We have heard all about it – how e-commerce is changing the face of retail. As online shopping takes off, shops are emptying out and malls are experiencing lighter footfalls.
In this altered retail landscape, the distribution centres (DCs) are providing much of the customer experience. Get it right and customer satisfaction gains a few notches but the very opposite happens when e-tailer get it wrong. As customer experience can make or break an e-tailer, simply delivering the goods does not cut it. Customer satisfaction has to be a critical priority for the DC.
How should DCs respond to this challenge to ensure greater reliability and higher efficiency for improved customer experience?
As online purchases usual involve small quantities delivered within ever tighter timelines, it has massive implications on everything from warehouse location to picking, packing and shipping.
Location, Location, Location
Geographical location is integral in companies push to slice off hours from the receipt of customer orders to product delivery. As same day delivery is increasingly becoming the new normal, we are seeing the advent of smaller urban warehouses to address challenges posed by last mile delivery. As getting suitable land for construction may be difficult in build up areas, companies are re-purposing former manufacturing plants, big-box retail stores and even obsolete office buildings to close the last-mile gap. Some are also entering into short term leases for DCs in proximity to potential customers to accommodate order surge during special promotions and holiday sales.
Keeping Track of Management
Good inventory management must be a top priority for any e-tailer. Having too much inventory will tie up unnecessary capital but having insufficient will result in a stock out situation, lost sales and disappointed customers. Nothing is more frustrating to a customer than being told you cannot ship what he has already paid for because the item is not available.
Social media has given customers an avenue to share their experience and many have taken to Facebook and Twitter to post their bad customer experience. Surveys have shown that customers are more likely to share their bad experience than good ones.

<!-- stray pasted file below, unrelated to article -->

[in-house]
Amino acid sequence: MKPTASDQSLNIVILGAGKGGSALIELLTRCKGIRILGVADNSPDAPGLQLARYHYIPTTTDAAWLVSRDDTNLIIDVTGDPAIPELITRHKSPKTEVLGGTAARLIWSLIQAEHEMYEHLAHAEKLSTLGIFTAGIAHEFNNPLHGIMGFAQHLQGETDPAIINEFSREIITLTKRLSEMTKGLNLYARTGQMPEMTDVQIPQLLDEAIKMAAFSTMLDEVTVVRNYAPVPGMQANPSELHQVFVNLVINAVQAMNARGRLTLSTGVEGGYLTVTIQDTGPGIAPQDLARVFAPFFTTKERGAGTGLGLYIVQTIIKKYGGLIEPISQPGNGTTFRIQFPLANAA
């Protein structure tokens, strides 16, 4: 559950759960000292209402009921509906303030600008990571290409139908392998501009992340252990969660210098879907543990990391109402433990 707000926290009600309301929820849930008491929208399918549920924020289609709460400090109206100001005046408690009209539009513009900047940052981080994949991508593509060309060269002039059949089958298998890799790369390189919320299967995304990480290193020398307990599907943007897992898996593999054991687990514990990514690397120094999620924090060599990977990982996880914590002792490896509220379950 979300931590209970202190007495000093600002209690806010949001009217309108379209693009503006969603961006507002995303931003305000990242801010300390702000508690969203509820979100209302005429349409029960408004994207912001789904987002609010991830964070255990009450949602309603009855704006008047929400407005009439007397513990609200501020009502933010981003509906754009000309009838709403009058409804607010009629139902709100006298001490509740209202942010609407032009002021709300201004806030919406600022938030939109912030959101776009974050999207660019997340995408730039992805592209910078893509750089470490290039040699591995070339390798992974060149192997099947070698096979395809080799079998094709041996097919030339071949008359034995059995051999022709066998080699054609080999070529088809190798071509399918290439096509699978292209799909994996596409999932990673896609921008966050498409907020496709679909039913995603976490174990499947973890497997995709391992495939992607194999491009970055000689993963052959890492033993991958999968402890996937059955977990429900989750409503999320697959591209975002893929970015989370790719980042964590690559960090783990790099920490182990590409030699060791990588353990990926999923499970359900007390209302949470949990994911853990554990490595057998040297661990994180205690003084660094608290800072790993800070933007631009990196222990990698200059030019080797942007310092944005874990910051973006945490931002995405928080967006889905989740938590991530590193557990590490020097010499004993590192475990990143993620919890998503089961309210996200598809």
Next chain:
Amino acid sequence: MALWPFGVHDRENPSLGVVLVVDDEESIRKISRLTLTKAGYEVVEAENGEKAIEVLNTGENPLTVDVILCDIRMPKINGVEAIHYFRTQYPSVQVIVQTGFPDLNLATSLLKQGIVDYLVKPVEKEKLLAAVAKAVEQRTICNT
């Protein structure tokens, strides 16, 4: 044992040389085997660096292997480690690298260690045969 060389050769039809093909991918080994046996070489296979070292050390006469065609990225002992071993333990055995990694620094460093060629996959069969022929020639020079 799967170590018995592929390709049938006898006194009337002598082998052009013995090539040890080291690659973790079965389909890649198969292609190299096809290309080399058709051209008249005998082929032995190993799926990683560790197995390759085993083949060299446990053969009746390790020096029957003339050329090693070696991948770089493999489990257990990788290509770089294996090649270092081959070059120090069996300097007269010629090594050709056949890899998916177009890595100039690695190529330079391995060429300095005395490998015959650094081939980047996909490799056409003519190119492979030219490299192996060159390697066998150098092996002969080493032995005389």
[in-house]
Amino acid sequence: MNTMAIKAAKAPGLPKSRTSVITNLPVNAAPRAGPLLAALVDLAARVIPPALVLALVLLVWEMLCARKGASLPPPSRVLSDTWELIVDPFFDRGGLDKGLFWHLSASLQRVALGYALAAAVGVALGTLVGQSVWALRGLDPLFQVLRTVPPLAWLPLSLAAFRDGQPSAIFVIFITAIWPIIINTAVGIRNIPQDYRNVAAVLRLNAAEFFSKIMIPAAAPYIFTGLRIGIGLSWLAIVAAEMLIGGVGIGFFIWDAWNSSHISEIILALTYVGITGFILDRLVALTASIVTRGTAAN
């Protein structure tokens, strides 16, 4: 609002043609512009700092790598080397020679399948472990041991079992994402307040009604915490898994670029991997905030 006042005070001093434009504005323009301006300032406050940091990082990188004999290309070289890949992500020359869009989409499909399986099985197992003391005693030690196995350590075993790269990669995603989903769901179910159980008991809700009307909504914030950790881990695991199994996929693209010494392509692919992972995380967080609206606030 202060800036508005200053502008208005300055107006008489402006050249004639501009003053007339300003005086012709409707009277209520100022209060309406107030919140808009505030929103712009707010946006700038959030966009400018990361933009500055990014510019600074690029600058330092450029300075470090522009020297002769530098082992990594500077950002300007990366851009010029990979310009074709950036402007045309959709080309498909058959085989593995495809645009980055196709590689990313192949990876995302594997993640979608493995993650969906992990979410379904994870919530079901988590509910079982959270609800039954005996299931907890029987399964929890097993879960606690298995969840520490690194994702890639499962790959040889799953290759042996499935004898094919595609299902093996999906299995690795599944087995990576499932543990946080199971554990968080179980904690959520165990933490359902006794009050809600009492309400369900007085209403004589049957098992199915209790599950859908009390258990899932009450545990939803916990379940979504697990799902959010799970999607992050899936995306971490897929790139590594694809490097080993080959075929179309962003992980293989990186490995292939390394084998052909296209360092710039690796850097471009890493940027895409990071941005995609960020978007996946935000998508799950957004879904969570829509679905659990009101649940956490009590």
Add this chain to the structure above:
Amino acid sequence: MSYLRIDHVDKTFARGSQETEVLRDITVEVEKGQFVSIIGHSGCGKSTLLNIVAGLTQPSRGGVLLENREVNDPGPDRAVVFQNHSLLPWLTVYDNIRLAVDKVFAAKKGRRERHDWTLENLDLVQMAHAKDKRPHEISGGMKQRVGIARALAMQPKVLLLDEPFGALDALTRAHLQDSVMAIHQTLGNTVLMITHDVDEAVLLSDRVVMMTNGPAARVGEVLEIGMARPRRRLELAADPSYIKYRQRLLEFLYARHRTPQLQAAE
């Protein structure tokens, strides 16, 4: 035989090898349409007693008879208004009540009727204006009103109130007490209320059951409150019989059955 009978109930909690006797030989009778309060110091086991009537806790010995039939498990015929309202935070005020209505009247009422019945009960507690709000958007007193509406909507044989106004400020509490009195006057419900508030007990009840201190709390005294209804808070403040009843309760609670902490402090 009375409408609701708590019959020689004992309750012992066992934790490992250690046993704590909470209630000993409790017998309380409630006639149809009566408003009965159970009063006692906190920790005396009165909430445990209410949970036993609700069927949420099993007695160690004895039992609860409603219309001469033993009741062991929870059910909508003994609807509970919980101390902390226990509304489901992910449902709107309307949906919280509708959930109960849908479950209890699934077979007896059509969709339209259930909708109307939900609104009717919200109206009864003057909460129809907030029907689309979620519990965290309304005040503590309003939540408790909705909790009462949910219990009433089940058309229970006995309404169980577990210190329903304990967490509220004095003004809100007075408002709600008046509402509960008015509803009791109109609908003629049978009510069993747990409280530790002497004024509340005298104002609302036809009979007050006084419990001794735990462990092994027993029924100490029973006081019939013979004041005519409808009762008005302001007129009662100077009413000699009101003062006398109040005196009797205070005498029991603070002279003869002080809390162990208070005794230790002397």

So it is necessary for all e-tailer to have stock information consistency across physical locations. There are tons of software available which can help you to keep current on inventory levels across the different locations for informed decision making.
We are all fully aware that mis-picks are costly, as expenses are incurred in shipping the item back, processing it upon receipt and returning it to stock. And you have to deal with an unhappy customer.
With spiraling e-commerce sales, which can balloon 10 to 20 times of normal order volume during specials like Black Friday, Cyber Monday and Singles Day, the DC will be severely stretched. All of a sudden, what you usually do in a week or two is squeezed into two to three days, and trying to meet these online orders with spot-on accuracy even with an army of order pickers is going to be impossible without some kind of automation.
There is a wide range of systems available at different price points that companies can tap to expedite the picking process. For example, an order picker walking around the warehouse looking for picks can do possibly 60 to 80 picks an hour, but with goods-to-man picking, supported by miniloads, carousels, shuttles or automated guided vehicles can raise the pick rate up to 1,000 pick rates per hr. With an A-frame, the pick rate of the top of the range model is in excess of 50,000 items per hour, with high quality and reliability even at peak loads.
Managing e-retail is challenging especially in today’s competitive landscape. But as the likes of China’s Taobao, India’s Flipkart and Japan’s Rakuten have shown, managing the operation well can be very rewarding.